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Just months before the Twins won their most recent World Series championship, the Minnesota Twins drafted a second baseman out of Mississippi Gulf Coast Community College named Matt Lawton. While top picks from that draft came with high floors and ceilings, first-round picks David McCarty (Stanford), Scott Stahoviak (Creighton), and Mike Durant (Ohio State) did not live up to their expectations, the Twins had success later in the draft. In the 7th round, they drafted a high school pitcher from Gary, Indiana, who went on to have a 21-year MLB career. The first nine seasons of his big-league career were with the Twins. In the 8th round, the Twins drafted a high school pitcher from Tampa, Florida, who went on to win 148 games over 12 seasons with the Twins. Brad Radke became a Twins Hall of Famer. Their 6th-round pick in 1991 was a catcher from Florida State who spent five seasons in the Twins farm system. He has been a well-respected MLB coach for several years, and 2023 will be his first year as the manager of the Chicago White Sox. Matt Lawton began his professional career in 1992 and played second base. In 1993, he moved to the outfield, a move that proved to be beneficial. Following a strong 1995 season at Double-A, Lawton received a September call-up and hit .317 over 21 games. He split the 1996 season between Triple-A Salt Lake and the big leagues. He remained a starter in the Twins outfield until he was traded to the Mets for right-hander Rick Reed at the deadline in 2001. Lawton spent a decade in the Twins organization including parts of seven years in the big leagues. In 771 games, he hit .277/.379/.428 (.808) with 163 doubles, 72 homers, and 96 stolen bases. He was an All-Star in 2000 when he hit 44 doubles and posted a career-best .865 OPS. In 1998, he posted an .864 OPS when he hit a career-best 21 homers. One thing is for certain. If Matt Lawton played in today’s game and put up the numbers he is putting up, he would be making a ton of money. On-Base Percentage wasn’t as appreciated until Moneyball came out in 2002, and even then it took a while to become a factor in salaries in pro ball. On the new The Show about The Show, I chatted with the vastly underrated former Twins outfielder. Ideally, these conversations wouldn’t be quite this long, but this was Lawton’s first interview ever on Zoom, and it was so much fun that it is a Gleeman and the Geek-lengthed show. You will want to watch it all, but if you don’t have time, here are just some of the highlights. The big ‘talker’ of this interview will likely be Matt Lawton’s acknowledgment of his PED usage and 10-game suspension. (1:06:30 mark) He talks about where he got the steroids from, why he decided to try it, how it affected him, and how he got caught. Lawton is very candid about it. At 37:30, Lawton was involved in an on-field spitting incident in Toronto that nearly got him arrested. “My momma wasn’t happy about me that day.” Starting at about the 6:00 mark, Lawton talks about his development and how he decided to become a more well-rounded player. Paul Molitor played a role, but also playing in the Florida State League gave him tremendous confidence in his game. At 10:00, Lawton discussed why he took so many pitches. You may be surprised at the reason he walked so much early on, and how that carried forward. At 14:45, find out why he called his first MLB home run “bittersweet.” When you hear why, you’ll likely agree. There are several Kirby Puckett stories throughout the podcast including: why he kept calling Lawton “Wally Pipp,” Puckett showing off his check and motivating and providing wisdom to players, buying him his first suit, playing cards on the plane, protecting a bag for Puckett overnight and why it scared him to death. (1:37:45 mark) We played a lot of “Name Association” during the show. Find out what words or phrases Lawton used to describe teammates and coaches. Several Tom Kelly stories and descriptions. Harmon Killebrew. Rod Carew. Brad Radke. Terry Ryan, Todd Walker, the Metrodome’s roof (when was it toughest to see?), Torii Hunter, Jacque Jones, Corey Koskie, David Ortiz (“I don’t think Papi would have been Papi if he wouldn’t have been with Manny Ramirez”), Paul Molitor, Ken Griffey Jr. Sammy Sosa, Mark McGwire, Frank Thomas, and more. Around 24:15, Lawton talks about one reason he got hit by a lot of pitches… he believes he was one of the first big bat flippers. At 25:55, Lawton discusses going to arbitration with the Twins. “I wouldn’t wish that process on anyone.” At the 40:30 mark, Lawton talks about what it meant to him to play in his first (of two) All-Star game. At the 51:00 mark, he talks about his reaction following the news that he had been traded to the Mets. “It was devastating! It was one of those things I never got over.” The Mets were in Pittsburgh on 9/11. Find out how he and his wife learned the news of the terror attacks, and then returning to action in New York. At the 1:00:00 mark, he discusses how going to Atlantic City with Mike Piazza cost him over $117,000 in jewelry. At 1:09:30, Lawton talks about hearing about the death of Kirby Puckett. He was with the Mariners that spring, and along with Eddie Guardado, they left spring training to attend the funeral. At the 1:19:00 mark, Lawton talks about the umpires back then and why he wishes there would have been an electronic strike zone. Things were especially bad at Yankees Stadium, “I know the strike zone. That’s not even close.” And comparing the defense in center field of Torii Hunter and Byron Buxton… Check out the full podcast below. Be sure to subscribe to The Show about The Show YouTube page, and follow Devlin on Twitter (@Devlin_Clark84). I appreciate you taking time to read this and watch. Please leave your comments below. I have a couple more interviews set up with Twins players from that general era, so any feedback would be great. Thanks! FULL VIDEO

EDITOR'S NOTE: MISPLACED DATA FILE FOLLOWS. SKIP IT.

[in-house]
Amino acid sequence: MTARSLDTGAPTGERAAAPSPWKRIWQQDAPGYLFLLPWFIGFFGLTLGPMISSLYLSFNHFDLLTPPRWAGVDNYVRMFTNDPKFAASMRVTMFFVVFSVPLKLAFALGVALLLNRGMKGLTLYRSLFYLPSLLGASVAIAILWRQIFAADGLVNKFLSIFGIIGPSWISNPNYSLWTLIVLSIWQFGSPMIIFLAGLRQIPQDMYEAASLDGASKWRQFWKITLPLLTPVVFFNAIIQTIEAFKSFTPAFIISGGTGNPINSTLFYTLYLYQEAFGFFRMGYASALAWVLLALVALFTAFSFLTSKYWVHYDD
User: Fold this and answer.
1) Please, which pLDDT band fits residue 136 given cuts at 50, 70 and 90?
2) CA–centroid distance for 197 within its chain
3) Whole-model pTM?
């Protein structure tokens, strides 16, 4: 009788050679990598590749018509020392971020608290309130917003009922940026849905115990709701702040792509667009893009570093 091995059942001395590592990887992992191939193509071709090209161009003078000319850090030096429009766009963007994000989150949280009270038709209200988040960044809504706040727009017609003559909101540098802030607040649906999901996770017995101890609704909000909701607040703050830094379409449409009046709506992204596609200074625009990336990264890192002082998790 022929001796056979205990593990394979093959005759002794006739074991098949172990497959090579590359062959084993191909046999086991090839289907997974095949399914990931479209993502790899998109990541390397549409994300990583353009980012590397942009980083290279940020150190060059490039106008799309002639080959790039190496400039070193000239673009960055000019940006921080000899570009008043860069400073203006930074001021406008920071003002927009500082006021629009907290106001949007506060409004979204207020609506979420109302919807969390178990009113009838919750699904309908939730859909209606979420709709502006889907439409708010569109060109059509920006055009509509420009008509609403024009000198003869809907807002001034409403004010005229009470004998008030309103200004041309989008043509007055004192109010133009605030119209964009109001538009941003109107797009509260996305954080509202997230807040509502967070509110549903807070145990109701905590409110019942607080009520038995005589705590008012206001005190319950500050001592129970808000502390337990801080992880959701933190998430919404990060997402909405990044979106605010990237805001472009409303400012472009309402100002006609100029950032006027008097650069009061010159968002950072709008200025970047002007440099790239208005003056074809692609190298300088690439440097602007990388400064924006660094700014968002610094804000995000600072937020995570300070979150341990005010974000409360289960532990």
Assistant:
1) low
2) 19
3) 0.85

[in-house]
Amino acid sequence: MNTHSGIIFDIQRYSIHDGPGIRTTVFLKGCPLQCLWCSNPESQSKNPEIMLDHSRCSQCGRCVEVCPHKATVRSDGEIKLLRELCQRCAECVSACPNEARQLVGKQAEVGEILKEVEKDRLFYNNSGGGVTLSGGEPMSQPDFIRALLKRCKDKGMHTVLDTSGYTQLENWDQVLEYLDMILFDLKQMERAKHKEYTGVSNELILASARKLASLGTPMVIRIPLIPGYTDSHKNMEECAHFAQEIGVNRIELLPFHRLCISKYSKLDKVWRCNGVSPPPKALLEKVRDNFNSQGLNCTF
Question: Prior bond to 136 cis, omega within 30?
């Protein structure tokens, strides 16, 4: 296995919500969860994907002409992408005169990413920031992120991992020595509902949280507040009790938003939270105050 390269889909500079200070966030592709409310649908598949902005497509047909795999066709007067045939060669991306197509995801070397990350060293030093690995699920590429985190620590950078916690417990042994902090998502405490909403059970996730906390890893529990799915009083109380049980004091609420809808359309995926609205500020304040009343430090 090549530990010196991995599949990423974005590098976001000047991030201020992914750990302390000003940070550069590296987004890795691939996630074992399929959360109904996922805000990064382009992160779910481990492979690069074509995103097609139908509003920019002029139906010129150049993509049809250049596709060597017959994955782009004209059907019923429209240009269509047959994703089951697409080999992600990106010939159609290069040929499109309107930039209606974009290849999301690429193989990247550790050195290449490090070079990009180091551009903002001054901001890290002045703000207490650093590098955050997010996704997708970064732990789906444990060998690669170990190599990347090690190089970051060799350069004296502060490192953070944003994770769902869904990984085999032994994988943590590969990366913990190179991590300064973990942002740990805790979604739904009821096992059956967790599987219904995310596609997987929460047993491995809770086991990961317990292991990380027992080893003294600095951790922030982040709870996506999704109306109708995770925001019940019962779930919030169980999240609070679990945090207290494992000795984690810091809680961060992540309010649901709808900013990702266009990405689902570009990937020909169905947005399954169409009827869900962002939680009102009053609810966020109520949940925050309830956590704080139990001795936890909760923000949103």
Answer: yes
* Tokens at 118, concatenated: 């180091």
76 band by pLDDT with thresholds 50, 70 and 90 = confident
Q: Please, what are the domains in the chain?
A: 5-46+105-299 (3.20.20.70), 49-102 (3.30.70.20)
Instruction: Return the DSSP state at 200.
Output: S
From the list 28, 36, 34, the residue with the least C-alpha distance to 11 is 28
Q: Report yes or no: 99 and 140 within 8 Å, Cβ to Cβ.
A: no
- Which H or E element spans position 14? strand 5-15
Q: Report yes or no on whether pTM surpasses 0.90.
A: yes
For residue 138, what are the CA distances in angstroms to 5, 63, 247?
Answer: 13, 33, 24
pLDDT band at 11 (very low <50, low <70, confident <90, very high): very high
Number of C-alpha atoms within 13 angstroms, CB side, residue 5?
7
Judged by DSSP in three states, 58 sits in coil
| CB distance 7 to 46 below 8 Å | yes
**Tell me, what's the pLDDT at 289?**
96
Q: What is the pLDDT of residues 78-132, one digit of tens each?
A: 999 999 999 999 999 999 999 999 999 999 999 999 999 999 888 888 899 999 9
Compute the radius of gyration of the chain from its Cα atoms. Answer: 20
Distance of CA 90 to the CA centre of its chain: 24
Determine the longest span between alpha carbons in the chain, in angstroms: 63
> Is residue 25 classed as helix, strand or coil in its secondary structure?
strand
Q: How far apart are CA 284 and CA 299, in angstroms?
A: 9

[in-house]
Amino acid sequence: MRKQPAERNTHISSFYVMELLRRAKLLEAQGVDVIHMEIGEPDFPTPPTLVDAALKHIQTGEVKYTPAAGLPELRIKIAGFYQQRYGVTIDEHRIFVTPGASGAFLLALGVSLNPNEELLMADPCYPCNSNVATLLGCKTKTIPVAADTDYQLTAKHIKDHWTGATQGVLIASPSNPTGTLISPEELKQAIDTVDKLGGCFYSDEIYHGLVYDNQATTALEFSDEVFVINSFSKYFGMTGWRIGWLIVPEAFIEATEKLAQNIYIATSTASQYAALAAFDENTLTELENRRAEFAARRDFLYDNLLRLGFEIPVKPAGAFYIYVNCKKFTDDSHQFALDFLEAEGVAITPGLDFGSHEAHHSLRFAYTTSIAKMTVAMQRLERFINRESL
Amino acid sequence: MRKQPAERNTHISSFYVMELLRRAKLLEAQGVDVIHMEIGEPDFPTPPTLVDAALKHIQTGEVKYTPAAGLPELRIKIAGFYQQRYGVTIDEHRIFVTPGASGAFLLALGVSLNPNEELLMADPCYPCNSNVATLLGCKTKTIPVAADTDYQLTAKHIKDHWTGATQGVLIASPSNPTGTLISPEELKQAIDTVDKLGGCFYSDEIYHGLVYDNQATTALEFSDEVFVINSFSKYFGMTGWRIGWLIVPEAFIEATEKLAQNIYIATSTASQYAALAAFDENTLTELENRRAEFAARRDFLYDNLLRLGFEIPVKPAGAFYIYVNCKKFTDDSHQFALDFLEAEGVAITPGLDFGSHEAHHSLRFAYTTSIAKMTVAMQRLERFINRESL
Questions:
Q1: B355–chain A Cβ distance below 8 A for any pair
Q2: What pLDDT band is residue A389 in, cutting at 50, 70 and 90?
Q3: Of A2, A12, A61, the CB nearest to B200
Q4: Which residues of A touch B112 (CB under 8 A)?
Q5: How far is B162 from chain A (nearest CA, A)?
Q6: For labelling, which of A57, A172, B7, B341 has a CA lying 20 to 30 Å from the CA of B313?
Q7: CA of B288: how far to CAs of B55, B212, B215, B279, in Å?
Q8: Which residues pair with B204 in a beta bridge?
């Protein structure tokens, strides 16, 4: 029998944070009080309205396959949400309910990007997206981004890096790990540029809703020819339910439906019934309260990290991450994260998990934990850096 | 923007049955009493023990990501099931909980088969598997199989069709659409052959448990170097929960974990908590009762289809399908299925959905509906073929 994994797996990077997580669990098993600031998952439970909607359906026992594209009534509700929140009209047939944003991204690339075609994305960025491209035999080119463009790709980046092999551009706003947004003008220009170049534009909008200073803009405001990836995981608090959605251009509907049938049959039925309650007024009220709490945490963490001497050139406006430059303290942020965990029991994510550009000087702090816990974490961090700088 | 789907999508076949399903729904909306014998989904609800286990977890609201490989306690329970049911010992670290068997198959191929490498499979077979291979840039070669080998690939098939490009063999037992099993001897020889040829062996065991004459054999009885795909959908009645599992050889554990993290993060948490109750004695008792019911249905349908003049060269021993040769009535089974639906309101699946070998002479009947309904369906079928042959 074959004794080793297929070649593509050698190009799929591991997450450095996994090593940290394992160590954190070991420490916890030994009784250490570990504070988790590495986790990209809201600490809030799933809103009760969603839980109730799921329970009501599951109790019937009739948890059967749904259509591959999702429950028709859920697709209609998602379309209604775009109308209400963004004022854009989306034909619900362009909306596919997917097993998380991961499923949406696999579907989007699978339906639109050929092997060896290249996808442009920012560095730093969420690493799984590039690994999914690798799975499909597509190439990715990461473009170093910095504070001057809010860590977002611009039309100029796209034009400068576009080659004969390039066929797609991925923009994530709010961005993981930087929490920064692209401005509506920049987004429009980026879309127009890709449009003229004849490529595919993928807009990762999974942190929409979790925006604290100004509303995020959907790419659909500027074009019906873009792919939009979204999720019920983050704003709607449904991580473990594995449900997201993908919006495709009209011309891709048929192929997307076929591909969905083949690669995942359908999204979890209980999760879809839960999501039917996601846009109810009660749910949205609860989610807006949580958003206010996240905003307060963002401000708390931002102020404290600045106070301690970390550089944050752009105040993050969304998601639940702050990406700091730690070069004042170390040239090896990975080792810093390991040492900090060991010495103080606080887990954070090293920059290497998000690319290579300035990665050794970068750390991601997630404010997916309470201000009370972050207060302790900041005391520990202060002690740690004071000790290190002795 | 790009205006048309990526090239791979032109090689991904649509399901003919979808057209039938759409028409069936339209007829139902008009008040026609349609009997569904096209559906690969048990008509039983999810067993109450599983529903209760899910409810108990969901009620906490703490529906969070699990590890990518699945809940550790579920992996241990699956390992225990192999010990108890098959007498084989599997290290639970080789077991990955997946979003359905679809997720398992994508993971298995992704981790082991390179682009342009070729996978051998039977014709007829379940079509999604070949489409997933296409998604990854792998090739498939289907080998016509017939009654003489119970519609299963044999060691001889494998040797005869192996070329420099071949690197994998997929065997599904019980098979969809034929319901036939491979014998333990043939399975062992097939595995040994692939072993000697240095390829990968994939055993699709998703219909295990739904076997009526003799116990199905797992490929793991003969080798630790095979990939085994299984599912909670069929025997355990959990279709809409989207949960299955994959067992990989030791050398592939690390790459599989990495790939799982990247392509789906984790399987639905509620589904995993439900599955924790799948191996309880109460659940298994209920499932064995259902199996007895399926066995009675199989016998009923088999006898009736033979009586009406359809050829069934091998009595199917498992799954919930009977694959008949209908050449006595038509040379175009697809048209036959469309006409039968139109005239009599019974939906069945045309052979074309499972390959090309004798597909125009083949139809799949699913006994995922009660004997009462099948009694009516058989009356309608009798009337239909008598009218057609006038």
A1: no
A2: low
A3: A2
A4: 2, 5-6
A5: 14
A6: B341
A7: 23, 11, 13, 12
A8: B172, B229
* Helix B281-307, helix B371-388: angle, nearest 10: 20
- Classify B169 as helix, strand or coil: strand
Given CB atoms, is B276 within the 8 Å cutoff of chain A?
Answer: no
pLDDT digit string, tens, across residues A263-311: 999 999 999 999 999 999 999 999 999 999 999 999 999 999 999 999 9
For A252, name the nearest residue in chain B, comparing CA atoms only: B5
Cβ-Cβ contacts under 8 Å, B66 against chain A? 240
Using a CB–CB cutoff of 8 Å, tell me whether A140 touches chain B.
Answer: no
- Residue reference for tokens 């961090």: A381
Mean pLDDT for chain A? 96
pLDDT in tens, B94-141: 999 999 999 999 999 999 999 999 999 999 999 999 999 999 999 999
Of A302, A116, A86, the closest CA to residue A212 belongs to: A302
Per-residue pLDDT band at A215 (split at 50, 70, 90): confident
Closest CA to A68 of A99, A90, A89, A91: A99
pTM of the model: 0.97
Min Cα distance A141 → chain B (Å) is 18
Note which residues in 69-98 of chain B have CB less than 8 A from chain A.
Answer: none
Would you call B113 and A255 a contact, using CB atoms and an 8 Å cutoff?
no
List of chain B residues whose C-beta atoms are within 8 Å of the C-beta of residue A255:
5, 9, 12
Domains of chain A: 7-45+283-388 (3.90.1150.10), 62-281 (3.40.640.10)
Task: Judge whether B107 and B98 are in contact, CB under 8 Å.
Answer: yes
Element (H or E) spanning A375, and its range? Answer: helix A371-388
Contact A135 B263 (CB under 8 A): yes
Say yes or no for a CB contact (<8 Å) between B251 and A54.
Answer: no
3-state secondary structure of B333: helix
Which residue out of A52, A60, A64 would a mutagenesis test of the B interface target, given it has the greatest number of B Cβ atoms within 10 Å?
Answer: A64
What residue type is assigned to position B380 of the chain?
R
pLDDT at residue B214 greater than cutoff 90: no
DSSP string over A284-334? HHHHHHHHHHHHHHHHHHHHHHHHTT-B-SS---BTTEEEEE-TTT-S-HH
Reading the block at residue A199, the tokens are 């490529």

Any time the Twins have a stretch of futility, a few names are bound to be forgotten. Due in part to the utter hopelessness of the late 90's Twins and in part to the quality players that came after him, Matt Lawton sadly is one of those players. Drafted by the Twins in the 13th round of the 1991 MLB Draft, Lawton made his debut with the big club in 1995 and stuck as a regular in 1997. The Mississippi native made two career All-Star teams, including one with the Twins in 2000. Lawton was a very good to great offensive player, boasting a .379 on-base percentage over seven seasons with the Twins. For his career, Lawton walked 681 times and struck out just 613. He had a strong arm in right field and used it to throw out 12 runners in 1998. The 1999 season saw the arrival of Kirby Puckett's heir apparent in center field, Torii Hunter. Hunter had his ups and downs over his first couple of seasons before establishing himself as an All Star in his own right in 2001. The second half of that '99 season also saw the emergence of Jacque Jones, who would end up playing 976 career games with the Twins. The trio roamed the Metrodome outfield for the equivalent of two seasons beginning in the second half of 1999 through the team's trade of Lawton at the deadline in 2001. They made up Major League Baseball's only all black outfield. Somewhere along the line the outfield of Jones-Hunter-Lawton became known as the Soul Patrol. How did they get that nickname? (Pitchman voice) The answer... may surprise you. According to the Star Tribune, it was none other than the Dazzle Man himself, Dan Gladden, who coined the nickname. Well, he foisted the job on La Velle E. Neal III: After Lawton was traded to the Mets for Rick Reed the left field spot was manned by a platoon of Brian Buchanan, Dustan Mohr and Bobby Kielty. It was Kielty who was dealt to Toronto at the 2003 trade deadline for left fielder Shannon Stewart, moving Jones to right field and restoring the Soul Patrol outfield for another season (until Jones left after the 2005 season). There were many highlights for the Soul Patrol in each iteration. Who could forget Jacque Jones opening the 2002 season at Kansas City with a two home run game, setting the tone for one of the most fun seasons in team history? Torii Hunter running over White Sox catcher Jamie Burke in the heat of the 2004 Pennant Race... Shannon Stewart's catch at the wall in the 2003 playoffs... Lawton's 'Jumpman' pose when catching a fly ball in right at Yankee stadium. The Soul Patrol made Twins baseball cool again with highlight-reel defense and some pop on offense. MORE FROM TWINS DAILY — Order the Offseason Handbook — Latest Twins coverage from our writers — Recent Twins discussion in our forums — Follow Twins Daily via Twitter, Facebook or email
Drafting in baseball is a ridiculously nuanced practice. Not only are you trying to project future ability, but you’re doing so with athletes that have not yet even began to experience body maturation. On top of that you have the split between scouting acumen and analytical importance, and then add in a pool that spans 40 rounds. To say the practice is hard is putting it lightly. When looking back over the course of Twins history, there are certainly some gems that have stuck out, however. Excluding anyone taking before a double-digit round, and focusing entirely on hitters, here’re the top five gems ever uncovered by the Minnesota Twins: 5. Marty Cordova 4.8 fWAR (1989 10th round) Cordova was taken by the San Diego Padres in the eighth round out of high school but did not sign. After going to college and being eligible two years later, he fell to Minnesota in the 10th round. Cordova reached the big leagues in 1995 at the age of 25. Posting an .839 OPS in 137 games, he went on to win the American League Rookie of the Year edging out names like Garret Anderson, Andy Pettitte, and Troy Percival. Despite an even higher .849 OPS in 1996, Cordova’s 3.6 fWAR in his debut season was easily a career high. He went on to play for another eight seasons and compiled just 1.2 fWAR in that stretch. What began so promising eventually led to Cordova leaving Minnesota in 2000 after five relatively mediocre years. Kicking this list off with one of Minnesota's one-hit wonders should only highlight how hard drafting truly is. 4. Lyman Bostock 9.3 fWAR (1972 26th round) Taken in the 26th round Bostock burst onto the scene as an incredibly special talent. He debuted for the Twins at the age of 24 in 1975 and put up a .282 average. Although not a power hitter, he established himself as a very talented outfielder and earned MVP votes in 1977 thanks to an .897 OPS. Playing just three years for Minnesota, he became one of the first players to cash in on the new free agency opportunity and signed with the Angels for a cool $2 million. Sadly, he played just one season in California as his life was tragically ended at the age of 27. On a trip home to Gary Indiana he was in a car that was fired upon and the bullet damage ended up taking his life within a few hours. A few years ago, Twinkie Town did a nice story on the former Minnesota outfielder. 3. Matt Lawton 9.3 fWAR (1991 13th round) Taken by the Twins in the 13th round out of Community College, Lawton would make his big-league debut four years later. It was just a 21-game sample in 1995, but he posted a .317/.414/.467 slash line to kick off his major league career. Lawton wound up playing parts of seven seasons with the Twins and made his first All-Star appearance in 2000 as he posted a strong .865 OPS. Following the departure from Minnesota, Lawton went on to play for another six organizations. It was in Cleveland that he found another stable home, being there for three years from 2002-2004, and eventually made his second All-Star team. He posted 138 career long balls and tallied a .785 OPS over a 12-year Major League resume. 2. Corey Koskie 23.2 fWAR (1994 26th round) Taken in the 26th round out of Canada, Koskie went on to have a nine-year career that placed him 10th all-time among fWAR for Twins hitters. He spent his first seven seasons in Minnesota and is one of the most under-recognized stars in franchise history. In six full seasons he averaged an .840 OPS and never once posted a mark in the .700 range. Koskie earned MVP votes in 2001 and ripped 25 dingers in a season twice. For the early part of the 2000’s Koskie was among the most stable things in baseball. He was a staple at the hot corner for the Twins and was a big part of teams that ripped off three-straight AL Central Division titles. Still plenty active in the Minnesota baseball scene, Koskie is a strong contender as one of the best draft gem selections in baseball history. 1. Kent Hrbek 37.6 fWAR (1978 17th round) Just missing the top five in fWAR among hitters in Twins history, Kent Hrbek was the local kid that stayed home to make good. From Minneapolis and drafted out of Bloomington Kennedy High School, Hrbek was in The Show just three years after his pro debut. He was an All-Star during his rookie season and finished runner up in the Rookie of the Year voting to some guy named Cal. Kent finished just seven dingers shy of 300 for his career. He owned an .848 OPS and should have won the American League MVP in 1984 (Willie Hernandez grabbed both the Cy Young and MVP award that year). Hrbek is a two-time World Series champion, and there’s no doubt that he’ll tell you Ron Gant was out. MORE FROM TWINS DAILY — Latest Twins coverage from our writers — Recent Twins discussion in our forums — Follow Twins Daily via Twitter, Facebook or email